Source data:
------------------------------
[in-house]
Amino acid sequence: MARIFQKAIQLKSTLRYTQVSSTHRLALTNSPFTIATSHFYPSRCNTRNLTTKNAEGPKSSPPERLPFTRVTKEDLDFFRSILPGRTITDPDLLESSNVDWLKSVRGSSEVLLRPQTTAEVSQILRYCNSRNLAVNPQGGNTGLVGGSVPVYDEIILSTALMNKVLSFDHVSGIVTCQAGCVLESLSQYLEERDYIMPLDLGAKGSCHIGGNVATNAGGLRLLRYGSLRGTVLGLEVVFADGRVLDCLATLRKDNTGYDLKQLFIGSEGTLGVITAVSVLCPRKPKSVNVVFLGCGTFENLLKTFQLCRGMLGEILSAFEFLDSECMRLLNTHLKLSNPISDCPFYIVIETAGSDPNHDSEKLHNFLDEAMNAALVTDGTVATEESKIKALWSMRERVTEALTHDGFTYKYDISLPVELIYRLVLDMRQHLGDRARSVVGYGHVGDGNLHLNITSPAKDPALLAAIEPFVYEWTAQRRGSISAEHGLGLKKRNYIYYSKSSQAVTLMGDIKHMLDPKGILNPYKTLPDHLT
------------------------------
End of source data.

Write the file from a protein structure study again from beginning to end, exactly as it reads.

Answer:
[in-house]
Amino acid sequence: MARIFQKAIQLKSTLRYTQVSSTHRLALTNSPFTIATSHFYPSRCNTRNLTTKNAEGPKSSPPERLPFTRVTKEDLDFFRSILPGRTITDPDLLESSNVDWLKSVRGSSEVLLRPQTTAEVSQILRYCNSRNLAVNPQGGNTGLVGGSVPVYDEIILSTALMNKVLSFDHVSGIVTCQAGCVLESLSQYLEERDYIMPLDLGAKGSCHIGGNVATNAGGLRLLRYGSLRGTVLGLEVVFADGRVLDCLATLRKDNTGYDLKQLFIGSEGTLGVITAVSVLCPRKPKSVNVVFLGCGTFENLLKTFQLCRGMLGEILSAFEFLDSECMRLLNTHLKLSNPISDCPFYIVIETAGSDPNHDSEKLHNFLDEAMNAALVTDGTVATEESKIKALWSMRERVTEALTHDGFTYKYDISLPVELIYRLVLDMRQHLGDRARSVVGYGHVGDGNLHLNITSPAKDPALLAAIEPFVYEWTAQRRGSISAEHGLGLKKRNYIYYSKSSQAVTLMGDIKHMLDPKGILNPYKTLPDHLT